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Posted: Tuesday 3 July, 2018 at 9:52 AM

High regional cost continues to affect air travel

By: Jermine Abel,
    BASSETERRE, St. Kitts, Jul. 02.2018 – THE high cost of intra-regional travel is proving to be a major deterrent for travel, that is the view shared by President of the Caribbean Development Bank (CDB), Dr. Wm. Warren Smith
    Smith, while addressing the Aviation Day Caribbean on June 29 in Bridgetown, Barbados, called for a new paradigm in the aviation industry, defined by connectivity which is convenient, flexible, and reasonably priced.
    He said that transforming the Caribbean airline industry will demand significant reforms and actions by regional governments but will also lead to a better overall customer experience and to aviation making an even bigger contribution to regional economic activity.
    “Intra-regional fares have risen steadily to the point where it is often cheaper to fly to the Eastern Seaboard of the United States than it is to fly to neighbouring Caribbean islands. […] Studies commissioned by CDB, confirm that air travel is price elastic, so that reductions in these imposts should lead to increased travel, which in turn, should lead to additional tax revenue flow to replace some of the revenues foregone,” Dr. Smith noted.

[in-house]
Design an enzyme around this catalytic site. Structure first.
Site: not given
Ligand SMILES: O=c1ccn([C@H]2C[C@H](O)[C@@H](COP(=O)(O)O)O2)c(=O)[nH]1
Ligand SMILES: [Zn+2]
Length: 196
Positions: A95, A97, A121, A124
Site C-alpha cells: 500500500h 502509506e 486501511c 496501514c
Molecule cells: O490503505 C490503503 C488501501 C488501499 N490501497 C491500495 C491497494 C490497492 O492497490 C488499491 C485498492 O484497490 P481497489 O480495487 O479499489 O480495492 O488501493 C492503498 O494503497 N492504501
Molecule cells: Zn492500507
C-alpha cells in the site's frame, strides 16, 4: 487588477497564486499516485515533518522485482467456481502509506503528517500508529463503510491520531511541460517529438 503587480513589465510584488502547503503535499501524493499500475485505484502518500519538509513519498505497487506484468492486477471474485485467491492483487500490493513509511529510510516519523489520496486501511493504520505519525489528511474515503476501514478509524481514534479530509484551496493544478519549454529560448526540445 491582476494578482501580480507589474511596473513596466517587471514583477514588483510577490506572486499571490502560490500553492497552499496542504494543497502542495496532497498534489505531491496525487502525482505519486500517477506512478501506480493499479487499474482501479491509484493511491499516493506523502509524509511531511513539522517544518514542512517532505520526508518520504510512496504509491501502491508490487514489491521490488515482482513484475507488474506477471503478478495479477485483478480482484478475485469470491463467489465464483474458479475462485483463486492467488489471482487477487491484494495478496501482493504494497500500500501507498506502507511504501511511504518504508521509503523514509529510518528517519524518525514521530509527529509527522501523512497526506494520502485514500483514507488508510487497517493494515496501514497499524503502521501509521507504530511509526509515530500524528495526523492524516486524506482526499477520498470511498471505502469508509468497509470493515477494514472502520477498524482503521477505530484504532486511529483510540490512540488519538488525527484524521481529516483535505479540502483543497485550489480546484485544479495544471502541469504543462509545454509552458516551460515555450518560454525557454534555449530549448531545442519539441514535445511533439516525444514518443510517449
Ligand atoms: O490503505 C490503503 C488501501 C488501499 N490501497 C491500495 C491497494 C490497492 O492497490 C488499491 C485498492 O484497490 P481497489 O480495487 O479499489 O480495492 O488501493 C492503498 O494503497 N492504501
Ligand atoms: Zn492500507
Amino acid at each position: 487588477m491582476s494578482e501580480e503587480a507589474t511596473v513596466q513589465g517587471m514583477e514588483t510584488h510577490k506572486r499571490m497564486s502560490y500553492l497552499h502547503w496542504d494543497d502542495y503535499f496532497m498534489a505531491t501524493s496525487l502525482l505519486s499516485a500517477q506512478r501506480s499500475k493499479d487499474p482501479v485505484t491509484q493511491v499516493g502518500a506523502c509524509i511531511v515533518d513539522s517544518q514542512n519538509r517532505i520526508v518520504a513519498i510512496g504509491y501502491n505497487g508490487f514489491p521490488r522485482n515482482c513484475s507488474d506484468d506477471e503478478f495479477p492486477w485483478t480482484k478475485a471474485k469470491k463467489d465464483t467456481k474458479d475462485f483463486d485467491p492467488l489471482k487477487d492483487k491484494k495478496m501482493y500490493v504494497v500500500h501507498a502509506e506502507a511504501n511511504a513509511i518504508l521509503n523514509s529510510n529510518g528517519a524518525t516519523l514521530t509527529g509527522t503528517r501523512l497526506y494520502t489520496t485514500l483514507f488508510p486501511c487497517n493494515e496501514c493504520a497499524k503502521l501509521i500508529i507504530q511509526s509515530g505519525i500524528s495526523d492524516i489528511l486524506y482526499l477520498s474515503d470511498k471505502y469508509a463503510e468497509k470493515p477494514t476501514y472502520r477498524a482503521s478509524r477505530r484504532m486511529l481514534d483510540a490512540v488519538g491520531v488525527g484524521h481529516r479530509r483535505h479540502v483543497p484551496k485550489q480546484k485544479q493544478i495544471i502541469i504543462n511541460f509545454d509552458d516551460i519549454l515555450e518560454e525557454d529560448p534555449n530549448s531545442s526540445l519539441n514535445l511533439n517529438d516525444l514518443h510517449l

The CDB boss said that people should expect secondary benefits to government revenue arising from the in-country spend associated with the larger number of visitors.
    Air travel across the region has been a major talking point for many years, at the sub regional level, where Organization of Eastern Caribbean States (OECS) heads recently discussed the matter at their Authority meeting in Castries, St. Lucia.
    Following that meeting, Antigua and Barbuda’s Prime Minister, Gaston Browne confirmed that the governments of two other OECS states will become shareholders with St. Kitts and Nevis yet to be determined.
    The topic of intra-regional air travel, SKNVibes understands, will be on the agenda for regional Heads of Government meeting slated to begin on Thursday in Montego Bay, Jamaica.
    According to a statement from the CBD, amongst Dr. Smith’s recommendation for revamping the aviation industry, includes harmonizing regulation across the Caribbean, adopting and implementing a comprehensive open skies agreement, and strengthening the internal operation of Caribbean airlines.
    CDB partnered with the International Air Transport Association (IATA) and the Latin American and Caribbean Air Transport Association (ALTA) to host Aviation Day Caribbean, which was held at the Hilton Barbados Resort.
    Regional Vice President, The Americas for IATA, Peter Cerdá, told the conference that the profit per passenger in the Latin America and Caribbean region is less than half the global average.
    He explained that this was due in large part to the lack of growth in Caribbean connectivity, owing to “a combination of high taxes, fees and charges in air transportation, as they add to the cost of travel and make the Caribbean an expensive region to operate in; regulatory barriers, including the lack of liberalization in air services and an inefficient and aging infrastructure.”



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